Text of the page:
With more and more employees working off-site or from home, employers must be aware of the impact on courts’ interpretation of the FMLA’s eligibility requirements.
In June, the U.S. District Court for the Eastern District of Louisiana held in Donahoe-Bohne that the FMLA’s 50-employee threshold was met since the office to which a remote or telecommuting employee reported had at least 50 employees, even though the employee worked from home several states away.
An employee who works remotely (75 miles or more from the employer’s office) is covered under the FMLA if the office to which the employee reports and from which assignments are made has 50 or more employees working within 75 miles of its location. For employees with no fixed worksite, the “worksite” for purposes of determining whether 50 employees are employed within 75 miles, is the site to which they are assigned as their “home base,” from which their work is assigned, or to which they report.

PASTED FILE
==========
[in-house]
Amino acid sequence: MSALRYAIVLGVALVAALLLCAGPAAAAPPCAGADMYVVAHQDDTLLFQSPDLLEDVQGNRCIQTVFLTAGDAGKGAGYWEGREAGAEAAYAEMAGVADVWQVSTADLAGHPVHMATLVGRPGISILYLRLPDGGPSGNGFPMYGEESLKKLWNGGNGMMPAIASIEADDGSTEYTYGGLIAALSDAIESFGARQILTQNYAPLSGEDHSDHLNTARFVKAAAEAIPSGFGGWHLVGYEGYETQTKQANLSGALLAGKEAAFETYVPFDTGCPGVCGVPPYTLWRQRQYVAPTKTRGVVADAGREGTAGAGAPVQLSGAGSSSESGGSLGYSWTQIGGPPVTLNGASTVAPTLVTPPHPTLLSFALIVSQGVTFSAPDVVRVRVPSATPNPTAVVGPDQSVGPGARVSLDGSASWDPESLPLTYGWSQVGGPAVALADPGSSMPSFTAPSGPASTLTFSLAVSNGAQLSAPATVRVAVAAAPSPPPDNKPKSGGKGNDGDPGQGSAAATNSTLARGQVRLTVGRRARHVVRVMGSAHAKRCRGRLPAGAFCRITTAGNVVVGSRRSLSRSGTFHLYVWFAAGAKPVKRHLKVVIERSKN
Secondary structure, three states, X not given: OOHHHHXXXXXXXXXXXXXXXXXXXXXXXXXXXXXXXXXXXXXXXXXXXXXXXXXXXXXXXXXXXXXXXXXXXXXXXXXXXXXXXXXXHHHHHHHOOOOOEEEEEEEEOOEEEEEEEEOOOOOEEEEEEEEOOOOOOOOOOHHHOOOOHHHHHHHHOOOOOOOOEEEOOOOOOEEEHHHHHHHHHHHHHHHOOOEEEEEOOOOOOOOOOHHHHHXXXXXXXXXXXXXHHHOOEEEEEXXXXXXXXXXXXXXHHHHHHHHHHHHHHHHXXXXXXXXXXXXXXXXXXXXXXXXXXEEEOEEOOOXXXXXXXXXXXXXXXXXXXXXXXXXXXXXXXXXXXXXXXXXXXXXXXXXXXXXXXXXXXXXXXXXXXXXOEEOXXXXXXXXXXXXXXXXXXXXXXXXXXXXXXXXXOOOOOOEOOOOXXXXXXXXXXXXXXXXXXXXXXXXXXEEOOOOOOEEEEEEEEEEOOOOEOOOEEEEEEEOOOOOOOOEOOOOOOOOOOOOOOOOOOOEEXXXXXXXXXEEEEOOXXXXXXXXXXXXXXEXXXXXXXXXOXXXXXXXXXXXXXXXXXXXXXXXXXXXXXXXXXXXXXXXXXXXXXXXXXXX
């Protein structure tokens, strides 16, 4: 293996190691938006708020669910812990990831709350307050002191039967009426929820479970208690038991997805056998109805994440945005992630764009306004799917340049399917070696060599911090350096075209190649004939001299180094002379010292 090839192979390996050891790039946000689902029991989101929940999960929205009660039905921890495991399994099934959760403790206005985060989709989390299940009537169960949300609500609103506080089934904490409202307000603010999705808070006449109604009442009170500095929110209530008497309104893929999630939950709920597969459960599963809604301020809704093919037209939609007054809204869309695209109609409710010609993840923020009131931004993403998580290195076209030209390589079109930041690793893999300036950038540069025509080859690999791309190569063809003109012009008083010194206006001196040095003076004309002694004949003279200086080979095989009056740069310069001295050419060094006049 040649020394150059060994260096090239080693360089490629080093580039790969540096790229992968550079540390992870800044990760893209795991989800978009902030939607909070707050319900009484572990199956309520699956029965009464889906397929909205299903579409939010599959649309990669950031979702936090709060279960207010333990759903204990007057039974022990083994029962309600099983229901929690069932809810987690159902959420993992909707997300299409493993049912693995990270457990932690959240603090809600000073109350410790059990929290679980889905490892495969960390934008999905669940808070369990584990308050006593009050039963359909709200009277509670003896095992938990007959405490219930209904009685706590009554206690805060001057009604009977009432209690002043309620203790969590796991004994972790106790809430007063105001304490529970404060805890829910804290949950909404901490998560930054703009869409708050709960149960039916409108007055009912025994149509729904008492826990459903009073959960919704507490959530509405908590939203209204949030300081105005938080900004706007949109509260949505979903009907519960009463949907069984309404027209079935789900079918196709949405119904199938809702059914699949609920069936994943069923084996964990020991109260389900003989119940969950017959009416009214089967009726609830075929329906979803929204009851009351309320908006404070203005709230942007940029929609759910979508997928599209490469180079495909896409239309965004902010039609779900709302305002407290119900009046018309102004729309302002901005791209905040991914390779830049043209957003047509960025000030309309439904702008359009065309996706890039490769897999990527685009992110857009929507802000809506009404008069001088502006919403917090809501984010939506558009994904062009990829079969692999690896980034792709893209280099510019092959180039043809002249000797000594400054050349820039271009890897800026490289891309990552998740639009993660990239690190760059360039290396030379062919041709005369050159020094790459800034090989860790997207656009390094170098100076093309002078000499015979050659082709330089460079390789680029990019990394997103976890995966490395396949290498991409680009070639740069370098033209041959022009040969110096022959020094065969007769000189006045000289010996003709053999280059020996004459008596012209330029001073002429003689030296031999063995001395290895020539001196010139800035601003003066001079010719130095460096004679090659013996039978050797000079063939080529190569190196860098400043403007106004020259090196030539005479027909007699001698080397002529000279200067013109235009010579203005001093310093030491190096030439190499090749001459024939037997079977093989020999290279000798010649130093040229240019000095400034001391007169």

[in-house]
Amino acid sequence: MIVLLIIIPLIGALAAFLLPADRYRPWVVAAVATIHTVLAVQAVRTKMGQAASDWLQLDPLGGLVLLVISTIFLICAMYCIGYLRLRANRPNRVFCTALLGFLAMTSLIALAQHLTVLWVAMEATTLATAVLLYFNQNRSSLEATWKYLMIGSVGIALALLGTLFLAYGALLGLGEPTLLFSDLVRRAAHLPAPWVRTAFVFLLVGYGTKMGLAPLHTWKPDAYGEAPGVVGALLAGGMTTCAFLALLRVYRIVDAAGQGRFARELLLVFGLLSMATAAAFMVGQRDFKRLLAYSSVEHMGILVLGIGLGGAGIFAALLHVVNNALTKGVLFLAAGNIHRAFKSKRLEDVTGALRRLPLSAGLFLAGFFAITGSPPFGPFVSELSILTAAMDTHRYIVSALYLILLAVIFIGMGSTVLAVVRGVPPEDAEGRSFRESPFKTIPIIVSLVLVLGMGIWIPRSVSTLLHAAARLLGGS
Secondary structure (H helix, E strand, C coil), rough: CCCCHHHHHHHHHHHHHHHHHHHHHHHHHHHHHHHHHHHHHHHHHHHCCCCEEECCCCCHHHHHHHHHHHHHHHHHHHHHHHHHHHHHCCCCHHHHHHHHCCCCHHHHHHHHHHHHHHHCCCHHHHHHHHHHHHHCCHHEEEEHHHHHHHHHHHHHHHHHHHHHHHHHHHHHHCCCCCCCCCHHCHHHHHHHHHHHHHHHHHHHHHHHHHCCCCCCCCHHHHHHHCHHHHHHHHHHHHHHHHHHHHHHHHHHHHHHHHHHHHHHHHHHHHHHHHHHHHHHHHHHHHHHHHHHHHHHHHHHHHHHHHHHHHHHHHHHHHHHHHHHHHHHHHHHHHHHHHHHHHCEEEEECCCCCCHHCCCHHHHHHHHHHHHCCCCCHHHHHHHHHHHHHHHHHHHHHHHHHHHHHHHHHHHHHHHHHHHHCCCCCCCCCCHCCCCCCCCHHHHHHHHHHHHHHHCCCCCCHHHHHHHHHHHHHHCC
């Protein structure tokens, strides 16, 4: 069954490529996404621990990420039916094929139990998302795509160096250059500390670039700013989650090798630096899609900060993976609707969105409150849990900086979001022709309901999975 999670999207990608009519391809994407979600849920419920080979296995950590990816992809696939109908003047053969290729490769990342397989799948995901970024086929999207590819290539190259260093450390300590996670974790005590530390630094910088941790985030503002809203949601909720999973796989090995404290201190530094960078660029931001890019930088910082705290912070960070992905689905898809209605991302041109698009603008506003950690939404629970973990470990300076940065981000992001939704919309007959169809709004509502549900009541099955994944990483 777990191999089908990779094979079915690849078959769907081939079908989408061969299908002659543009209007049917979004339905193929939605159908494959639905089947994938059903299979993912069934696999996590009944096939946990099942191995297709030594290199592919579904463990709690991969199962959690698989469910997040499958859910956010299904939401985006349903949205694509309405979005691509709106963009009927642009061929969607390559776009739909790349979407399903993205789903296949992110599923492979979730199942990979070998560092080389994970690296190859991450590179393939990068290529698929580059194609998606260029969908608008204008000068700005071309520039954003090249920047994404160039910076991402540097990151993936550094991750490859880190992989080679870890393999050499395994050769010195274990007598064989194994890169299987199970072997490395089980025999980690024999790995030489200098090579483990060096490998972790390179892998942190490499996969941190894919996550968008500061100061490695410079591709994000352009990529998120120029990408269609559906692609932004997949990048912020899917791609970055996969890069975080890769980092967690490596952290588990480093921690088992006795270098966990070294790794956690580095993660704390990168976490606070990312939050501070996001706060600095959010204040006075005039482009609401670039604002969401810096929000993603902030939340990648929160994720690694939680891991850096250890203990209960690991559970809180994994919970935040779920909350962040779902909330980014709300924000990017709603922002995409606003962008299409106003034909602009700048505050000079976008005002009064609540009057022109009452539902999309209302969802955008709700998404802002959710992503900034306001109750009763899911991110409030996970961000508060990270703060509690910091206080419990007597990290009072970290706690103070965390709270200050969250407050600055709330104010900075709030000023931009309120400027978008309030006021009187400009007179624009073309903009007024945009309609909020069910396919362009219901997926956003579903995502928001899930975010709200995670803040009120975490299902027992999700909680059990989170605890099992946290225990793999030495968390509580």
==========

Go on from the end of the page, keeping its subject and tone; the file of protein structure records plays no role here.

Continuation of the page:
Thus, employers may not hide behind a telecommuting employee’s “home office,” which may not be considered the work location for FMLA purposes. Rather, employers should consider the physical office location to which the telecommuting employee reports and from which he receives his work, even if that office is several states away. For example in Donahoe-Bohne, the employee worked from a home office in Louisiana, but reported to an office in Tampa, Florida.
Employers should keep in mind, however, that state discrimination statutes may impose different eligibility requirements. In Donahoe-Bohne, for example, the Louisiana court held that despite the employer having met the 50-employee threshold under the FMLA, the employee’s claim nevertheless failed under the Louisiana Employment Discrimination Law, because the state statute applies only to an employer with 20 or more employees within the state.